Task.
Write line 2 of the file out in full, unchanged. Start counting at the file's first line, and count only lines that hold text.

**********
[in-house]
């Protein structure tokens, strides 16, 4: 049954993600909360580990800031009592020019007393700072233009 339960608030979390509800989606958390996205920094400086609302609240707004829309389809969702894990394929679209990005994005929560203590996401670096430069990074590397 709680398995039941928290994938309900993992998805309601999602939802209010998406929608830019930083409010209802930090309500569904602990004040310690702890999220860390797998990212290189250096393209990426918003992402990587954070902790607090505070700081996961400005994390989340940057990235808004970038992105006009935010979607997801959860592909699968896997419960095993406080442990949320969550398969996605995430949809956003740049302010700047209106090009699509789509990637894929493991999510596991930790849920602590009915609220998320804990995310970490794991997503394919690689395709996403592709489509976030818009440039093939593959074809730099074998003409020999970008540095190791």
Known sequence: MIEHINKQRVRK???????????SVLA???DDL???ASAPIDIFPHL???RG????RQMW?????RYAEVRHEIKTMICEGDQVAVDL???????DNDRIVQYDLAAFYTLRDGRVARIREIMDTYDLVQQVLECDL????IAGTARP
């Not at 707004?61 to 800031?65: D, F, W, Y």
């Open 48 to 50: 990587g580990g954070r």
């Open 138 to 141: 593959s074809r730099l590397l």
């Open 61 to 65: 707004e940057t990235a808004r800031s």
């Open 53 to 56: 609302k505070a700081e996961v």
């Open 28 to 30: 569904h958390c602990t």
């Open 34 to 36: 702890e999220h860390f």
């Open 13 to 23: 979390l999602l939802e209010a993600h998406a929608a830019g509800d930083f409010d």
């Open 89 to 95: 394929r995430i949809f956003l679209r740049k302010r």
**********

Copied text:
């Protein structure tokens, strides 16, 4: 049954993600909360580990800031009592020019007393700072233009 339960608030979390509800989606958390996205920094400086609302609240707004829309389809969702894990394929679209990005994005929560203590996401670096430069990074590397 709680398995039941928290994938309900993992998805309601999602939802209010998406929608830019930083409010209802930090309500569904602990004040310690702890999220860390797998990212290189250096393209990426918003992402990587954070902790607090505070700081996961400005994390989340940057990235808004970038992105006009935010979607997801959860592909699968896997419960095993406080442990949320969550398969996605995430949809956003740049302010700047209106090009699509789509990637894929493991999510596991930790849920602590009915609220998320804990995310970490794991997503394919690689395709996403592709489509976030818009440039093939593959074809730099074998003409020999970008540095190791």